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Supporting prostate cancer survivors in primary care: Findings from a pilot trial of a nurse-led psycho-educational intervention (PROSPECTIV)

Watson, E, Shinkins, B, Matheson, L, Burns, R, Frith, E, Neal, D, Hamdy, F, Walter, F, Weller, D, Wilkinson, C , Faithfull, Sara, Sooriakumaran, P, Kastner, C, Campbell, C, Neal, R, Butcher, H, Matthews, M, Perera, R, Wolstenholme, J and Rose, P (2017) Supporting prostate cancer survivors in primary care: Findings from a pilot trial of a nurse-led psycho-educational intervention (PROSPECTIV) European Journal of Oncology Nursing, 32. pp. 73-81.

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Abstract

<b>Purpose:</b> <p>This study sought to test the acceptability and feasibility of a nurse-led psycho-educational intervention (NLPI) delivered in primary care to prostate cancer survivors, and to provide preliminary estimates of the effectiveness of the intervention.</p> <b>Methods:</b> <p>Men who reported an ongoing problem with urinary, bowel, sexual or hormone-related functioning/ vitality on a self-completion questionnaire were invited to participate. Participants were randomly assigned to the NLPI plus usual care, or to usual care alone. Recruitment and retention rates were assessed. Prostate-related quality of life, self-efficacy, unmet needs, and psychological morbidity were measured at baseline and 9 months. Health-care resource use data was also collected. An integrated qualitative study assessed experiences of the intervention.</p> <b>Results:</b> <p>61% eligible men (83/136) participated in the trial, with an 87% (72/83) completion rate.</p> Interviews indicated that the intervention filled an important gap in care following treatment completion, helping men to self-manage, and improving their sense of well-being. However, only a small reduction in unmet needs and small improvement in self-efficacy was observed, and no difference in prostate-related quality of life or psychological morbidity. Patients receiving the NLPI recorded more primary care visits, while the usual care group recorded more secondary care visits. Most men (70%; (21/30)) felt the optimal time for the intervention was around the time of diagnosis/before the end of treatment.</p> <b>Conclusions:</b> <p>Findings suggest a nurse-led psycho-educational intervention in primary care is feasible, acceptable and potentially useful to prostate cancer survivors.</p>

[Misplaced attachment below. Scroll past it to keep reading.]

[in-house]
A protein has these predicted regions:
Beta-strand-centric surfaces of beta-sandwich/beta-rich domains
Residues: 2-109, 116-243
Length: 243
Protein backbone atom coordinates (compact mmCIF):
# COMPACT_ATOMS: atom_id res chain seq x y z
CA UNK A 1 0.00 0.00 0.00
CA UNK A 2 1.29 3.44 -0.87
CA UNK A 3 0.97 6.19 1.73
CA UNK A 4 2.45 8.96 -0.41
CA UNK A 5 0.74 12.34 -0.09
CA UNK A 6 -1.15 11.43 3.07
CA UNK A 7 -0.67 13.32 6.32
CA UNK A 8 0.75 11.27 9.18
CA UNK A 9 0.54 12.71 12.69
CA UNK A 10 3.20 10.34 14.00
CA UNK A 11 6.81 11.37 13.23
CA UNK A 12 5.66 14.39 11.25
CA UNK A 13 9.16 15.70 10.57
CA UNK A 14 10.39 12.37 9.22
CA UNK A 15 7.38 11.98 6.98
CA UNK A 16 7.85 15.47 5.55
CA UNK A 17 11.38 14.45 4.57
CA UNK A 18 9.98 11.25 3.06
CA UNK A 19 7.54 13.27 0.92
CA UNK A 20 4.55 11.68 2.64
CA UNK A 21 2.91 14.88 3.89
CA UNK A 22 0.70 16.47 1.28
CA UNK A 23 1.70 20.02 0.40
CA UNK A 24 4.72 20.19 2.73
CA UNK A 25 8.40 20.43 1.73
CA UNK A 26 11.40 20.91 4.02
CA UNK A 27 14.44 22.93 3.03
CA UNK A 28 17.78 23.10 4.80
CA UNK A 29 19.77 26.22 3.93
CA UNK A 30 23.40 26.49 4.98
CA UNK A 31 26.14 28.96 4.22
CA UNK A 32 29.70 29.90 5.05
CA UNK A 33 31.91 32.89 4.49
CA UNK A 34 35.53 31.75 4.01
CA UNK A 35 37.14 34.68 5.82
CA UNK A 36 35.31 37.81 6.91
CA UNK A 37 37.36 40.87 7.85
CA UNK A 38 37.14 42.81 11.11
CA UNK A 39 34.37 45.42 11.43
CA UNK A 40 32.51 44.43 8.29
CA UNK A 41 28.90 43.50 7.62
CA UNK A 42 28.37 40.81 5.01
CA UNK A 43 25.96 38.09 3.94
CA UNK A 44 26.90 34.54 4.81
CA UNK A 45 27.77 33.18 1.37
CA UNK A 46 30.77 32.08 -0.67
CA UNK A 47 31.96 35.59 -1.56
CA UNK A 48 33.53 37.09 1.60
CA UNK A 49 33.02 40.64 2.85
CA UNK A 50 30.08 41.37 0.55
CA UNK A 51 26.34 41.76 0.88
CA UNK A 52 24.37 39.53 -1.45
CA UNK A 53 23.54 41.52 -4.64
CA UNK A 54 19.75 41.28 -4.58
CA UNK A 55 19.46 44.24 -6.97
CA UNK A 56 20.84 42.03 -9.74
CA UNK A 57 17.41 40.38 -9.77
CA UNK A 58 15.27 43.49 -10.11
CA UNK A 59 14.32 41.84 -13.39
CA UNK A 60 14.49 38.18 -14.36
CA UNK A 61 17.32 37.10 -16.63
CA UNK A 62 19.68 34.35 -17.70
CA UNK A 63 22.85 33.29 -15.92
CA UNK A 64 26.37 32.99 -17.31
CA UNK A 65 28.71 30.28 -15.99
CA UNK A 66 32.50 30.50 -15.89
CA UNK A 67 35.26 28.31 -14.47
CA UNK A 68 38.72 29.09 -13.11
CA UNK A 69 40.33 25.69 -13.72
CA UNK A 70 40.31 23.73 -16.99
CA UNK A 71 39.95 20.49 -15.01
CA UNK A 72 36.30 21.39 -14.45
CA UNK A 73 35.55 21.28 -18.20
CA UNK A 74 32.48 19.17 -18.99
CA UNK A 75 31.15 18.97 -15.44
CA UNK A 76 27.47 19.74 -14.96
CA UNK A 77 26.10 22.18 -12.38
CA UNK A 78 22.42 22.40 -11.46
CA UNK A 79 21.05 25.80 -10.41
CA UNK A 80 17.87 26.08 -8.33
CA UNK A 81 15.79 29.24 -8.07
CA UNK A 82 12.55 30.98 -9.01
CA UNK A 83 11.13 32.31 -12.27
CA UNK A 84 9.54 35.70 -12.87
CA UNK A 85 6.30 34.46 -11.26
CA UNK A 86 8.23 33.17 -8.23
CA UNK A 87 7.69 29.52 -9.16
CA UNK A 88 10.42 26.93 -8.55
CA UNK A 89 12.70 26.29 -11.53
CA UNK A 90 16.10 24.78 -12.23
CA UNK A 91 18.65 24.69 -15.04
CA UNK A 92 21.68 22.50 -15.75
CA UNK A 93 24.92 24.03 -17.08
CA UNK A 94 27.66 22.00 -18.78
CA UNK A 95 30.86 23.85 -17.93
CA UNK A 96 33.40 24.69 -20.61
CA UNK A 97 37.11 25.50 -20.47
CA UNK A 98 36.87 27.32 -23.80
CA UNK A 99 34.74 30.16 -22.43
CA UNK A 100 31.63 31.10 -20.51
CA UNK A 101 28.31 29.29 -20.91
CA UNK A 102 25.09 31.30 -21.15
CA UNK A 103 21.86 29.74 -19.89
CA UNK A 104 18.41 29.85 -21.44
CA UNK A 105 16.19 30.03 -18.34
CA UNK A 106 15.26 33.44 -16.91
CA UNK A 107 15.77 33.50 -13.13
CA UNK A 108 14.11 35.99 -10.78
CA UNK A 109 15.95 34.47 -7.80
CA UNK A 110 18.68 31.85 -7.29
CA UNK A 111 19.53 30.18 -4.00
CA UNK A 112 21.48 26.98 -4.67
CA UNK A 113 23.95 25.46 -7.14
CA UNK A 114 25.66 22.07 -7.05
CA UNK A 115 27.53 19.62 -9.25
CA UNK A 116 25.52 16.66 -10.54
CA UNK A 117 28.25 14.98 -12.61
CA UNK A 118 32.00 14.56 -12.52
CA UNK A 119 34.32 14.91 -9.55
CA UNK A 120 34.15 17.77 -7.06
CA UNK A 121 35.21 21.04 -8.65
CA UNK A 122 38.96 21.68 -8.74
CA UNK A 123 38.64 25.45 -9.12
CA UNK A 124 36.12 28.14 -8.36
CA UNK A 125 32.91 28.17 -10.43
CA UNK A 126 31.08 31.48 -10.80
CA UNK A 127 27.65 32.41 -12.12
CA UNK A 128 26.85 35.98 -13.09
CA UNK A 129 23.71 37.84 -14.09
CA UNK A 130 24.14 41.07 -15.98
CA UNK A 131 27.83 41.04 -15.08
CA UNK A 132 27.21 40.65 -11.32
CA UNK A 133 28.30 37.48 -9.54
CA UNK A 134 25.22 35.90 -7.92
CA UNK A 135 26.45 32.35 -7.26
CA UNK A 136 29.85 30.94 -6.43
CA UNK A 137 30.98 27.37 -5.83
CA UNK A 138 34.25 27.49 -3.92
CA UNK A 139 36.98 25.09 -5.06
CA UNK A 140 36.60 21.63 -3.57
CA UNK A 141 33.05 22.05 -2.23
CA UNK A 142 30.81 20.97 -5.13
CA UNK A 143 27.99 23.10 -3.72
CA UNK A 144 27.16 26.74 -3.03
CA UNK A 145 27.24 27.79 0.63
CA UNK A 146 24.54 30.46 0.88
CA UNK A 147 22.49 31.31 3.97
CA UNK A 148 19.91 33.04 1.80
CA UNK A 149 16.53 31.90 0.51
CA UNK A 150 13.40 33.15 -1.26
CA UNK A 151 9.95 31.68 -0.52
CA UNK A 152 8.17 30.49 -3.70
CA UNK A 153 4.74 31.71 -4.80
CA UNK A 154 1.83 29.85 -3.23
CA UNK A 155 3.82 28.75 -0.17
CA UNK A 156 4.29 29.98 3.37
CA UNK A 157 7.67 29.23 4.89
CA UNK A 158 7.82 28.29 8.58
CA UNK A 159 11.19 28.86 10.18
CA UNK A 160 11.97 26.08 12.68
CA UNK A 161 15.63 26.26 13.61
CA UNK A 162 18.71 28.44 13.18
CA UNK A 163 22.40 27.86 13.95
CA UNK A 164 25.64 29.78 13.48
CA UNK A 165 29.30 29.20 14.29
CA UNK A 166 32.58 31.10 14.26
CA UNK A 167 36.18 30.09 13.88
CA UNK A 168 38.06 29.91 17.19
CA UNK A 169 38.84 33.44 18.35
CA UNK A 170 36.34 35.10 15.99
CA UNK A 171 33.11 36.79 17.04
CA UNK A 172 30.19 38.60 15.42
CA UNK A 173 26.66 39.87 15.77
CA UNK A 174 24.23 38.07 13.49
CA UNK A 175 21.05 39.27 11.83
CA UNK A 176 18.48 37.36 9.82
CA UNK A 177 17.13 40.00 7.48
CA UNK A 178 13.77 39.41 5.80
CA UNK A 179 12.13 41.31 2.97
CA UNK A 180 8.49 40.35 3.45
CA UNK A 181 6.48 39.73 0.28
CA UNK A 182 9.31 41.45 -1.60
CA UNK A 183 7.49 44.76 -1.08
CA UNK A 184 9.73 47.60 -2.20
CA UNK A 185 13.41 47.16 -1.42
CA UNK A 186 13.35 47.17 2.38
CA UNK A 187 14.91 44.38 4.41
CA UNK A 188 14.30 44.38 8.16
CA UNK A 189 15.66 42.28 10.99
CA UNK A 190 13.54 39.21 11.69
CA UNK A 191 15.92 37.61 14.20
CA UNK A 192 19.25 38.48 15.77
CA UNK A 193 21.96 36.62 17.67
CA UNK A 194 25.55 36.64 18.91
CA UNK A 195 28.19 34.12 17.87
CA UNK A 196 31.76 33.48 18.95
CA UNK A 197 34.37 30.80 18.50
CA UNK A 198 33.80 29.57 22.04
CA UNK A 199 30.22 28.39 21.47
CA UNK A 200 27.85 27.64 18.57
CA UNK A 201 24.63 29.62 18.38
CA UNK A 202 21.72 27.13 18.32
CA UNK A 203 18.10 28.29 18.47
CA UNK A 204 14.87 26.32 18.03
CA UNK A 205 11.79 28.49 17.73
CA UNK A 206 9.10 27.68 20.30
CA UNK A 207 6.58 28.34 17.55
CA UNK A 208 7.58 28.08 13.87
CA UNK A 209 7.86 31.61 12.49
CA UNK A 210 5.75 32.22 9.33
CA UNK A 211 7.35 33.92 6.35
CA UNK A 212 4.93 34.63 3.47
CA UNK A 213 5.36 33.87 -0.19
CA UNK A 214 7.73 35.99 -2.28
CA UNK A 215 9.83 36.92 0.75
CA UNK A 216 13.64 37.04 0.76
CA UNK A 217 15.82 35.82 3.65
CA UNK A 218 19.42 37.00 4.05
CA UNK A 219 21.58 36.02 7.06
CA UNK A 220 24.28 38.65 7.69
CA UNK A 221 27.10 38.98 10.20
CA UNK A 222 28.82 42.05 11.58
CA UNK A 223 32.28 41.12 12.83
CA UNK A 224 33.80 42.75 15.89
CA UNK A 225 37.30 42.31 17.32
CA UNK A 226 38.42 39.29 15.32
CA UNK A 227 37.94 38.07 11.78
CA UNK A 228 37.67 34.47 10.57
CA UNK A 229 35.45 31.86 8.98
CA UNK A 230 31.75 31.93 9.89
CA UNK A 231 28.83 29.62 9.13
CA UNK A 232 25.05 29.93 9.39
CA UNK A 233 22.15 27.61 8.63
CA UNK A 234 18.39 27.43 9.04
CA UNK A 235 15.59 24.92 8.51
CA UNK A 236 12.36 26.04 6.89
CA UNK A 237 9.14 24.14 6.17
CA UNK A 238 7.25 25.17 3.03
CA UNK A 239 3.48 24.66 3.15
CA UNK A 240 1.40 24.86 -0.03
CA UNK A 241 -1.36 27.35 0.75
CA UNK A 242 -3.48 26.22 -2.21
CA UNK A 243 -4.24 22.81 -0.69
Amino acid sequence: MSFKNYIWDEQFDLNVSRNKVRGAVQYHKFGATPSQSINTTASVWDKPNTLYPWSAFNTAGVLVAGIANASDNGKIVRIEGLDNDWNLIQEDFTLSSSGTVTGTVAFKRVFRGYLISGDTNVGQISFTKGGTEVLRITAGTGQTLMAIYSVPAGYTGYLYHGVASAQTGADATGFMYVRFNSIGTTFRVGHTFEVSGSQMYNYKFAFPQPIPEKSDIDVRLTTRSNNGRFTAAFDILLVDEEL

Item Type: Article
Divisions : Faculty of Health and Medical Sciences > School of Health Sciences
Authors :
NameEmailORCID
Watson, EUNSPECIFIEDUNSPECIFIED
Shinkins, BUNSPECIFIEDUNSPECIFIED
Matheson, LUNSPECIFIEDUNSPECIFIED
Burns, RUNSPECIFIEDUNSPECIFIED
Frith, EUNSPECIFIEDUNSPECIFIED
Neal, DUNSPECIFIEDUNSPECIFIED
Hamdy, FUNSPECIFIEDUNSPECIFIED
Walter, FUNSPECIFIEDUNSPECIFIED
Weller, DUNSPECIFIEDUNSPECIFIED
Wilkinson, CUNSPECIFIEDUNSPECIFIED
Faithfull, SaraS.Faithfull@surrey.ac.ukUNSPECIFIED
Sooriakumaran, PUNSPECIFIEDUNSPECIFIED
Kastner, CUNSPECIFIEDUNSPECIFIED
Campbell, CUNSPECIFIEDUNSPECIFIED
Neal, RUNSPECIFIEDUNSPECIFIED
Butcher, HUNSPECIFIEDUNSPECIFIED
Matthews, MUNSPECIFIEDUNSPECIFIED
Perera, RUNSPECIFIEDUNSPECIFIED
Wolstenholme, JUNSPECIFIEDUNSPECIFIED
Rose, PUNSPECIFIEDUNSPECIFIED
Date : 29 December 2017
Identification Number : 10.1016/j.ejon.2017.12.002
Copyright Disclaimer : © 2017. This manuscript version is made available under the CC-BY-NC-ND 4.0 license http://creativecommons.org/licenses/by-nc-nd/4.0/
Uncontrolled Keywords : Prostate cancer Randomised controlled trial Pilot trial Primary care Nurse-led intervention Feasibility Self-efficacy
Depositing User : Melanie Hughes
Date Deposited : 04 Jan 2018 11:43
Last Modified : 04 Jan 2018 11:43
URI: http://epubs.surrey.ac.uk/id/eprint/845530

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